I am watching the Remembrance Day program on the CBC as I write this. I have never been to Ottawa, where this is taking place. I am looking at the War Memorial and the buildings behind it. Then they showed a shot of looking up at the memorial structure with those cool gray November skies behind them; the guns going off, and I smile. How fitting the scene.
The television cameras have been capturing the faces of our Veterans and it struck me at how differently everyone experiences the Memorial. You can see it on their faces; in their eyes. Some wear dark sunglasses so we can't see their tears. Others show such anguish on their faces it moves us to tears. What they have endured in battle and living afterwards, while their comrades fell before them, is etched in the lines of their faces. Some are hardened and gaze at you through steely eyes. I suspect it is just a wall they had to build to protect themselves and us, from the terrors of war. Some may be thinking or wondering how many more Memorial Services they will be attending before the Lord finally calls them home, to join their friends and brother's in arms, finally,when it is finished.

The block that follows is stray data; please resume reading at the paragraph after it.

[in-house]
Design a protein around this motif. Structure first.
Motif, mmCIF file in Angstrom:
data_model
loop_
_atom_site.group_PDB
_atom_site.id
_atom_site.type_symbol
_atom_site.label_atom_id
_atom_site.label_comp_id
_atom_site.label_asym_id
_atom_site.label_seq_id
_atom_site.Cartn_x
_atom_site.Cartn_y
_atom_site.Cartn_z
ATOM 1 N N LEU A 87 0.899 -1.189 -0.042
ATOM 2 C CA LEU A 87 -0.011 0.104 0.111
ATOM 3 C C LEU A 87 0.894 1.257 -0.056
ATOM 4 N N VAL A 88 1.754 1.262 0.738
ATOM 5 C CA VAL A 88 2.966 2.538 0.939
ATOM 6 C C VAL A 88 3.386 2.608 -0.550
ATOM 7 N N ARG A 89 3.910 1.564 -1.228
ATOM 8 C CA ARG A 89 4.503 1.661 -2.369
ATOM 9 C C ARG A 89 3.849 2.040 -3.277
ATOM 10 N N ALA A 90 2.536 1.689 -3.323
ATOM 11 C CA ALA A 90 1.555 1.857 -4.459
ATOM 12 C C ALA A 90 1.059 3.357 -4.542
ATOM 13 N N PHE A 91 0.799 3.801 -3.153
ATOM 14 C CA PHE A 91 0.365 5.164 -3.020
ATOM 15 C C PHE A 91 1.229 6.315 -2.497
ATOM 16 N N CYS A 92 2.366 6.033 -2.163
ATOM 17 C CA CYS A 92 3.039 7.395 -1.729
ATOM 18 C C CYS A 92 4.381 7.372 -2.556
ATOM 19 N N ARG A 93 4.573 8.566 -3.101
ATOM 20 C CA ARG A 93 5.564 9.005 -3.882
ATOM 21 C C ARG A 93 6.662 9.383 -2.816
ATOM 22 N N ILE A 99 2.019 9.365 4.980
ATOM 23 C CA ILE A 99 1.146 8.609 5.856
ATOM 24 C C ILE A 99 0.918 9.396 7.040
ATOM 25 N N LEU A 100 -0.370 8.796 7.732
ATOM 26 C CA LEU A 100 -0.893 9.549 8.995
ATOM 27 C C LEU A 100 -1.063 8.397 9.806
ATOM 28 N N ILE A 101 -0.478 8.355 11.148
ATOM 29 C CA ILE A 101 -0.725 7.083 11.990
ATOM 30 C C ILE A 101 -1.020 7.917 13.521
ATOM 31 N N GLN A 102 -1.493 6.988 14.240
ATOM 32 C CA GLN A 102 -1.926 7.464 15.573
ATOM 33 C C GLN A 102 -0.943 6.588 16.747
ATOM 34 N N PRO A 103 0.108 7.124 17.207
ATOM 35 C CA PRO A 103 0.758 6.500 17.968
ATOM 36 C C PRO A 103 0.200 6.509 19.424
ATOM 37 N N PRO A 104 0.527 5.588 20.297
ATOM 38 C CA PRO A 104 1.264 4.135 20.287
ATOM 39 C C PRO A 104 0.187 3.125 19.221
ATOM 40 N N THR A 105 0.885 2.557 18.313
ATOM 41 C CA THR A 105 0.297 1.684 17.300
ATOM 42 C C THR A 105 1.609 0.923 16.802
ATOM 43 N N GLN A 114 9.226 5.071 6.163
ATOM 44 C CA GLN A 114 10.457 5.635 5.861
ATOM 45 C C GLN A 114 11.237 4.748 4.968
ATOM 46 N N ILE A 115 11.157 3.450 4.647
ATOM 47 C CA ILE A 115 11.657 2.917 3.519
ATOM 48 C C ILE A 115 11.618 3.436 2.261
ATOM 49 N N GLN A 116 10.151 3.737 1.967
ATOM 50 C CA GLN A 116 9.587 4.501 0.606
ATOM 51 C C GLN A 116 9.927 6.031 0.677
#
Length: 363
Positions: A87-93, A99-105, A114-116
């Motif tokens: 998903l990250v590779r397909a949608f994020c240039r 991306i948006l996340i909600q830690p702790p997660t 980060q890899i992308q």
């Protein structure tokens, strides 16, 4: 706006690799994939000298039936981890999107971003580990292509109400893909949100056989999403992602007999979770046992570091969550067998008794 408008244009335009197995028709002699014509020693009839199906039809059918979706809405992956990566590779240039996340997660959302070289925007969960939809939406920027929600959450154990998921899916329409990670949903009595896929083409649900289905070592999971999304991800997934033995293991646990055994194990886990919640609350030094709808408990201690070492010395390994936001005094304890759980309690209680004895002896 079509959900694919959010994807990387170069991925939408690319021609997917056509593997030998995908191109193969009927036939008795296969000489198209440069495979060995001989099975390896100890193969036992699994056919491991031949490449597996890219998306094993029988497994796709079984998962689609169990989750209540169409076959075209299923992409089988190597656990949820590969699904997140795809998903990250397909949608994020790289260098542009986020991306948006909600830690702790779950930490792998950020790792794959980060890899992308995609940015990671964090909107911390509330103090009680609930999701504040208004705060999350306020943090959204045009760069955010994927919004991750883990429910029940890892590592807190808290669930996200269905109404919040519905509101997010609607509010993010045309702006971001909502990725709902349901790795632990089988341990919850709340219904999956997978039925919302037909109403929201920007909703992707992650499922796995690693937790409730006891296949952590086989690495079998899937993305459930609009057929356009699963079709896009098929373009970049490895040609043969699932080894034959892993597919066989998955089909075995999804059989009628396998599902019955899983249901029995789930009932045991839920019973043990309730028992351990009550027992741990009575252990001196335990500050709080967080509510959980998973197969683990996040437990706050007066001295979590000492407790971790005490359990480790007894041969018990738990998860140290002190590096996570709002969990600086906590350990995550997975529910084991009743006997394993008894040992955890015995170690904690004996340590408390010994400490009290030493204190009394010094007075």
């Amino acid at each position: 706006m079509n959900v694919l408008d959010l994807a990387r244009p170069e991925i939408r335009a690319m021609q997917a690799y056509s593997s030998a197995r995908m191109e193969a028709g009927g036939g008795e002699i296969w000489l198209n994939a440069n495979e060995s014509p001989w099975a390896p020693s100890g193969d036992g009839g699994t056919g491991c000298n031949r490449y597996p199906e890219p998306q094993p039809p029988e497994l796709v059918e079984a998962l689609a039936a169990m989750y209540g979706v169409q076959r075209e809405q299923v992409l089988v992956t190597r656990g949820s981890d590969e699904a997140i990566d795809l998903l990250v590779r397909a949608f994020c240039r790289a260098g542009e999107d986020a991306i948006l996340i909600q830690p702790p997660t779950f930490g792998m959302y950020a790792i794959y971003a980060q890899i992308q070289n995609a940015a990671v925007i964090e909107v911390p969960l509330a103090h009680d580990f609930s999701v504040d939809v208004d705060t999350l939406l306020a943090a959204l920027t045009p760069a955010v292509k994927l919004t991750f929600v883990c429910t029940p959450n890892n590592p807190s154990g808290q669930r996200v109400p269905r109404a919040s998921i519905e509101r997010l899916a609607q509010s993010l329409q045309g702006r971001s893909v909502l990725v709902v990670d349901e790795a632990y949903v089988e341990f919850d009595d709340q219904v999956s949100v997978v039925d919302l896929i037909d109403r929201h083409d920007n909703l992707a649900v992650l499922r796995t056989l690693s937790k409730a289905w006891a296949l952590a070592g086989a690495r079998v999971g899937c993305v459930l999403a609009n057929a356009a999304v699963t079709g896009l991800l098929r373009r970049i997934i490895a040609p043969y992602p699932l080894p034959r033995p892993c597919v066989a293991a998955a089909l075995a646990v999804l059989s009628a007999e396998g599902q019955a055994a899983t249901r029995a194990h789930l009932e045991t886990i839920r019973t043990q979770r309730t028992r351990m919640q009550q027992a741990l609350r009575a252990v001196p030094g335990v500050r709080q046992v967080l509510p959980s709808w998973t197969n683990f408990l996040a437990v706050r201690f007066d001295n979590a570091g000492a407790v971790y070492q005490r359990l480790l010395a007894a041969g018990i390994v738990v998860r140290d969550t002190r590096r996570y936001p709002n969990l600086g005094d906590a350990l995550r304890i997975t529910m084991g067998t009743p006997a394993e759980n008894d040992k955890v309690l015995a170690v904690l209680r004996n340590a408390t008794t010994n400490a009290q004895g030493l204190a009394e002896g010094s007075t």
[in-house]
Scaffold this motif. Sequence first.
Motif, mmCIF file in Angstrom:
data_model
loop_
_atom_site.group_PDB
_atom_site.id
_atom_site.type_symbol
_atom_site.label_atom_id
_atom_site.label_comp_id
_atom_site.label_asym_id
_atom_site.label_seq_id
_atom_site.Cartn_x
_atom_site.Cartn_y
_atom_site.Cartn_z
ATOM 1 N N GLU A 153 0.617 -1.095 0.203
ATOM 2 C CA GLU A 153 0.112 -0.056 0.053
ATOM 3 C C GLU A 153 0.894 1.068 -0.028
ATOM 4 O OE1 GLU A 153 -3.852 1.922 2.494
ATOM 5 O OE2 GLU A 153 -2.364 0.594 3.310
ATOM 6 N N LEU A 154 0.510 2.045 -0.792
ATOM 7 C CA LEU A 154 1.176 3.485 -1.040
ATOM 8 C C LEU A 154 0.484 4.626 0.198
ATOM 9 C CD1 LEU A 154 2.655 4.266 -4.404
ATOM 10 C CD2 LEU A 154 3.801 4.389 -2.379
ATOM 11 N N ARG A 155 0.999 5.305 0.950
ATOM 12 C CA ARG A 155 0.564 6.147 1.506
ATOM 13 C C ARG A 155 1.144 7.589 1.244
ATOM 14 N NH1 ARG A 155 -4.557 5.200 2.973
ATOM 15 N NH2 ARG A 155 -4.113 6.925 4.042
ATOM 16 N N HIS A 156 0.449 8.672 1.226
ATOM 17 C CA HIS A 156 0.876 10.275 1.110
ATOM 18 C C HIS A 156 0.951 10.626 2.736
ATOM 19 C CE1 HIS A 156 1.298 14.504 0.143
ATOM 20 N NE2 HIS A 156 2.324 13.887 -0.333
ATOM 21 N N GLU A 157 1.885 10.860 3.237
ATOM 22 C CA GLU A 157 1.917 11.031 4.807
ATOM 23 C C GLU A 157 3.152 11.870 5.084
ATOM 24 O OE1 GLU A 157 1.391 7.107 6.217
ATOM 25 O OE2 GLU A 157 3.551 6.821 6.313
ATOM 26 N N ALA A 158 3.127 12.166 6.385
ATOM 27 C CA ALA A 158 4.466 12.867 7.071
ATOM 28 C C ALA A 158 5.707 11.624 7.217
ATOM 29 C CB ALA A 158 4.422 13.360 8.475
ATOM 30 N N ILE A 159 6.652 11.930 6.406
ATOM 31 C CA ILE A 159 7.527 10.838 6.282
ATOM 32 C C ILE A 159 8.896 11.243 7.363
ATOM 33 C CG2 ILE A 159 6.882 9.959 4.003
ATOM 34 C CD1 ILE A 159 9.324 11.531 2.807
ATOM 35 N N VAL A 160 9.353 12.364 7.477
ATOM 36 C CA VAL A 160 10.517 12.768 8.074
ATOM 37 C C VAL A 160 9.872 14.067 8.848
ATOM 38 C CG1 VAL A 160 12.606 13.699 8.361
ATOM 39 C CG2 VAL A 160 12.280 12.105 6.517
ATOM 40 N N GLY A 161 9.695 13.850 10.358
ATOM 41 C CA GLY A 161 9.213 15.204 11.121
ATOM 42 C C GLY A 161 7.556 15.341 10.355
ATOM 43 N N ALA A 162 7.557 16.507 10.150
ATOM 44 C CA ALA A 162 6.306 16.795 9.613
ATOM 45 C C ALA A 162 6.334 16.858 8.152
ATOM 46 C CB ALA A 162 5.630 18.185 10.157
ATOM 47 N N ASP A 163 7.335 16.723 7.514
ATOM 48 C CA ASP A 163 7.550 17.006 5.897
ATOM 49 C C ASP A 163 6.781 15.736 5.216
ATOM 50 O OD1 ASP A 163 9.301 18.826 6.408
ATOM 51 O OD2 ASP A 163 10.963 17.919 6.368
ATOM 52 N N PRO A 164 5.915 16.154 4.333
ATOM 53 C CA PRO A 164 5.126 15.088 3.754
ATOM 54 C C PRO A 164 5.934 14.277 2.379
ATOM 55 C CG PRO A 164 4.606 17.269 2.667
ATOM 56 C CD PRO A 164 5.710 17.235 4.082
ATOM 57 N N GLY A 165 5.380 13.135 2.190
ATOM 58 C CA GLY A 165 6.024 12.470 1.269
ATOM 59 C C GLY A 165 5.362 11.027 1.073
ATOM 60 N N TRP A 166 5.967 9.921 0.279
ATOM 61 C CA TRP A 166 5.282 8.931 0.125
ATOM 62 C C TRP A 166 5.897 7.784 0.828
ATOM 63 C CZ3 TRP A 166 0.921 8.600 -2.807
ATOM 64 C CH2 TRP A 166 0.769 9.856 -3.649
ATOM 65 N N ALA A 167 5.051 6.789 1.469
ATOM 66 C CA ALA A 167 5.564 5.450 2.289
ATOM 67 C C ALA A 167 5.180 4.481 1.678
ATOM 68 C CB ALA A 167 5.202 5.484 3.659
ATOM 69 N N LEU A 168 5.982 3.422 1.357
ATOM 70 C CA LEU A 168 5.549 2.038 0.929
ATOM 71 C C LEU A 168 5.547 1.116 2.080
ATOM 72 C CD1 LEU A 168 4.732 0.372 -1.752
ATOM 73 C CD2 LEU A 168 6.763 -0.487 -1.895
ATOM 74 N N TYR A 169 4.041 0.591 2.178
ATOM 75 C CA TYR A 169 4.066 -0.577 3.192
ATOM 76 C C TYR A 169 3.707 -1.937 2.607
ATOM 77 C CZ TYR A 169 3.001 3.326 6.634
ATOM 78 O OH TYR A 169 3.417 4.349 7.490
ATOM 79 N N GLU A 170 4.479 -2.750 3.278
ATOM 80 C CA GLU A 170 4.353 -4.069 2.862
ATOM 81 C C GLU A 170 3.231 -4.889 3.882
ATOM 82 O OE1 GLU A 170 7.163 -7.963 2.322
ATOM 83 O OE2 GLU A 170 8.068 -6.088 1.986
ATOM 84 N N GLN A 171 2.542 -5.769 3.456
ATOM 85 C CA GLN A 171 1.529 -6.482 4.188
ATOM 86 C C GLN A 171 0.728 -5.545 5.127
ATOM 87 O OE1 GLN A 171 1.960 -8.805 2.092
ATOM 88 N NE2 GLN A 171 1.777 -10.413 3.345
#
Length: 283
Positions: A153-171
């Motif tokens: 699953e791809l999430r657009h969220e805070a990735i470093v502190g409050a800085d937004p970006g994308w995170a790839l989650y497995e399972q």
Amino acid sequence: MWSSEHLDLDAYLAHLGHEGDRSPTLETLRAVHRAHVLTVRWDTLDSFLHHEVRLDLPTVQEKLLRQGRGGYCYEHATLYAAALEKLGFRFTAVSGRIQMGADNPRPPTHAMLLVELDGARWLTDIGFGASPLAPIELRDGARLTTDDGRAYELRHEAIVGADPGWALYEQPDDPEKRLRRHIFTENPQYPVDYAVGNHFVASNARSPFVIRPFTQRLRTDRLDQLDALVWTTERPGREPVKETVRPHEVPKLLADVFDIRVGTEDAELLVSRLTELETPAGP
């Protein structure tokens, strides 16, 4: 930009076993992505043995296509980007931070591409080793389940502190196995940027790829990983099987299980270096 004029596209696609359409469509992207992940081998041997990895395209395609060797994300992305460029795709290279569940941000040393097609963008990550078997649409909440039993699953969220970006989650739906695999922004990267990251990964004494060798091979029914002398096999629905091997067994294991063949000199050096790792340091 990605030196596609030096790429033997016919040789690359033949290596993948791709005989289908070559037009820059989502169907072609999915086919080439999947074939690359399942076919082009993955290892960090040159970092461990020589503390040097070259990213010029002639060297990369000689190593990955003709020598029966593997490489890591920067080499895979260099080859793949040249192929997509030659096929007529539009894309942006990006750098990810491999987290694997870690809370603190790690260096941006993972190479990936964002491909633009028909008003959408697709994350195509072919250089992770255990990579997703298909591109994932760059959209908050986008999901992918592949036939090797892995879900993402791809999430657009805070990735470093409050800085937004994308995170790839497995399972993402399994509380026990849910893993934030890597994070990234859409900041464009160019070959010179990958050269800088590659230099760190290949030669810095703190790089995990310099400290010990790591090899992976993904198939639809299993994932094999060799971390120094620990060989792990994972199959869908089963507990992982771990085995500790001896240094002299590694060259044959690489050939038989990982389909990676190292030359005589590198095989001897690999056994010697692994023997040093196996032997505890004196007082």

This is always a tough day for me. My Grandfather fought in the 2nd World War and I have attended years and years of Remembrance Day parades and services. I marched as a "Brownie", a "Girl Guide", an "Auxiliary Police Officer" and finally as a member of the Royal Canadian Mounted Police. My Grandfather would come out to see me march in these parades and I remember missing one, once. I remember him telling me that he had looked for me in the parade and could not see me and I had to admit that I did not make it that year...I'll never forget the shame I felt in not "showing up". My Grandfather died the year I joined the RCMP, so he never got a chance to see me march in my Red Serge. I found that after he died, I could not attend the ceremonies anymore. It is just too painful. So I watch the ceremonies on TV from my couch with my box of tissues! We miss you Grandpa!
|Lest We Forget|
The painting above was inspired by Flanders Fields and the symbol of the Poppies that tend to grow there. I wanted to contrast the beauty of the bright red Poppy against the background of war.
To me, war is good against evil. Especially the 2nd World War. For me, Hitler was the epitome of evil. How evil a man can become. So with that in mind, I used dark and light colors of paint running into each other across the background. I used water sprayed on the canvas to create this effect. Sometimes the water would be sprayed on first, then the paint. Sometimes the paint was applied first then sprayed with water. Once it had dried, I painted more detail into the flower itself using Oil paint.
I have had a lot of positive comments on this one when seen in person. It is 18" x 24" x 1.5"deep and the sides have been painted black. It is still available for sale for $1120.00. Small prints are available upon request; 8" x 10" on archival quality cotton rag paper for $18.00. Shipping and Handling and Tax all included in our prices.
Quote of the Day;
Start by doing what's necessary; then do what's possible; and suddenly you are doing the impossible.
Saint Francis of Assis